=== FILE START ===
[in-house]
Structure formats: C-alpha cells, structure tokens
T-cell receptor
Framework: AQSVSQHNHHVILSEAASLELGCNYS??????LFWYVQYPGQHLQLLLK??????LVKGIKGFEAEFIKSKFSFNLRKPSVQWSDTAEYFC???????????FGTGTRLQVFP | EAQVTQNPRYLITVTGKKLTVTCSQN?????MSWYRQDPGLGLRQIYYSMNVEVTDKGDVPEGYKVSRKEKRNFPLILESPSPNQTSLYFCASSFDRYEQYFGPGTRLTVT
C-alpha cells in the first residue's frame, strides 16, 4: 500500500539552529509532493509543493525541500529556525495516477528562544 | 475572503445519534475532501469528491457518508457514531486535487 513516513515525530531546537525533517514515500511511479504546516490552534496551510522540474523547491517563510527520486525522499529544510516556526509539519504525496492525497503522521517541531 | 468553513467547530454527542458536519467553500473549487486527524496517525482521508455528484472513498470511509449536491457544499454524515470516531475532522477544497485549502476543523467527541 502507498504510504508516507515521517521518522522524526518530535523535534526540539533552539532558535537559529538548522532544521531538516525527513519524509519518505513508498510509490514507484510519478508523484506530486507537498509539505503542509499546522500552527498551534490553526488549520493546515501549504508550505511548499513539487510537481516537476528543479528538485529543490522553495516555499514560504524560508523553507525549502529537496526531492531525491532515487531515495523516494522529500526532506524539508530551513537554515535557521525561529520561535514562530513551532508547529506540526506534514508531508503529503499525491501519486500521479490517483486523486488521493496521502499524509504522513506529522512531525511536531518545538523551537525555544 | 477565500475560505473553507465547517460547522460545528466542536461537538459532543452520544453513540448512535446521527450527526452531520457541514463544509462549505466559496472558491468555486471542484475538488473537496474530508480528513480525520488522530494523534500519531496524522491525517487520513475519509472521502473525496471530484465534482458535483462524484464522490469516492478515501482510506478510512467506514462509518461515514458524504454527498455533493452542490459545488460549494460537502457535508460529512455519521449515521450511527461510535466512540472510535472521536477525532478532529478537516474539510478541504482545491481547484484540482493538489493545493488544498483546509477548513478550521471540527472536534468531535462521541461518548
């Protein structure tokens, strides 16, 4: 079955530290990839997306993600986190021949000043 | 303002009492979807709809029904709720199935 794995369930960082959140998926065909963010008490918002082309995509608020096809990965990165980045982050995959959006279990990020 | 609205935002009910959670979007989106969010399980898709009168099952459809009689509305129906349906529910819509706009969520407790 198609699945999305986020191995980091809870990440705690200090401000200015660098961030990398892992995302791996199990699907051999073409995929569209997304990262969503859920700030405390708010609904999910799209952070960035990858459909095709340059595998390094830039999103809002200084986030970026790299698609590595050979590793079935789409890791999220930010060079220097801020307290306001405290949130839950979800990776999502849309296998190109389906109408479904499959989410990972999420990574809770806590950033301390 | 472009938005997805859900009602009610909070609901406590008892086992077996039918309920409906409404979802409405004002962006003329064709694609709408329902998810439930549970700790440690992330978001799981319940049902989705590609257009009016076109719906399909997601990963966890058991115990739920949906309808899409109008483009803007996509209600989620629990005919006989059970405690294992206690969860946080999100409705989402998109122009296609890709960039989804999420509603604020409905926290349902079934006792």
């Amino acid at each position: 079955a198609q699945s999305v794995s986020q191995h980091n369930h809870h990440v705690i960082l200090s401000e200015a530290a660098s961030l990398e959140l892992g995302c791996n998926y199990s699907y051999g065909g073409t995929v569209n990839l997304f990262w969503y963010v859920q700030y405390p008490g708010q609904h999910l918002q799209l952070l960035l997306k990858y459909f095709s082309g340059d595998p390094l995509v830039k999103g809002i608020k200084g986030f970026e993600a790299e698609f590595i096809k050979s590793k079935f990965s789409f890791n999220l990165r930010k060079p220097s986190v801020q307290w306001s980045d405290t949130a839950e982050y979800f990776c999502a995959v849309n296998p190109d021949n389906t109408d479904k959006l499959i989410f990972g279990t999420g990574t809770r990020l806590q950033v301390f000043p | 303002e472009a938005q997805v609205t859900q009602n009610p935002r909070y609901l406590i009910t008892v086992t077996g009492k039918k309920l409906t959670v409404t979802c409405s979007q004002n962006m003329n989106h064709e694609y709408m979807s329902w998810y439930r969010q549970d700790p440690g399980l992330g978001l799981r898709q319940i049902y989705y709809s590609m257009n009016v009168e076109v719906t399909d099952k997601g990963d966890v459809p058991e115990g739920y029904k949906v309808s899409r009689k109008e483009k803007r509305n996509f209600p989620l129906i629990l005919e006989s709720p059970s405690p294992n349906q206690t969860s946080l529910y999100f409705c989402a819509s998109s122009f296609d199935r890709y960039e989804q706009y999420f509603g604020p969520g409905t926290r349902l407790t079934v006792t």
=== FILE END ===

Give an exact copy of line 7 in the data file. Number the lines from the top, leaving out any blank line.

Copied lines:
């Amino acid at each position: 079955a198609q699945s999305v794995s986020q191995h980091n369930h809870h990440v705690i960082l200090s401000e200015a530290a660098s961030l990398e959140l892992g995302c791996n998926y199990s699907y051999g065909g073409t995929v569209n990839l997304f990262w969503y963010v859920q700030y405390p008490g708010q609904h999910l918002q799209l952070l960035l997306k990858y459909f095709s082309g340059d595998p390094l995509v830039k999103g809002i608020k200084g986030f970026e993600a790299e698609f590595i096809k050979s590793k079935f990965s789409f890791n999220l990165r930010k060079p220097s986190v801020q307290w306001s980045d405290t949130a839950e982050y979800f990776c999502a995959v849309n296998p190109d021949n389906t109408d479904k959006l499959i989410f990972g279990t999420g990574t809770r990020l806590q950033v301390f000043p | 303002e472009a938005q997805v609205t859900q009602n009610p935002r909070y609901l406590i009910t008892v086992t077996g009492k039918k309920l409906t959670v409404t979802c409405s979007q004002n962006m003329n989106h064709e694609y709408m979807s329902w998810y439930r969010q549970d700790p440690g399980l992330g978001l799981r898709q319940i049902y989705y709809s590609m257009n009016v009168e076109v719906t399909d099952k997601g990963d966890v459809p058991e115990g739920y029904k949906v309808s899409r009689k109008e483009k803007r509305n996509f209600p989620l129906i629990l005919e006989s709720p059970s405690p294992n349906q206690t969860s946080l529910y999100f409705c989402a819509s998109s122009f296609d199935r890709y960039e989804q706009y999420f509603g604020p969520g409905t926290r349902l407790t079934v006792t």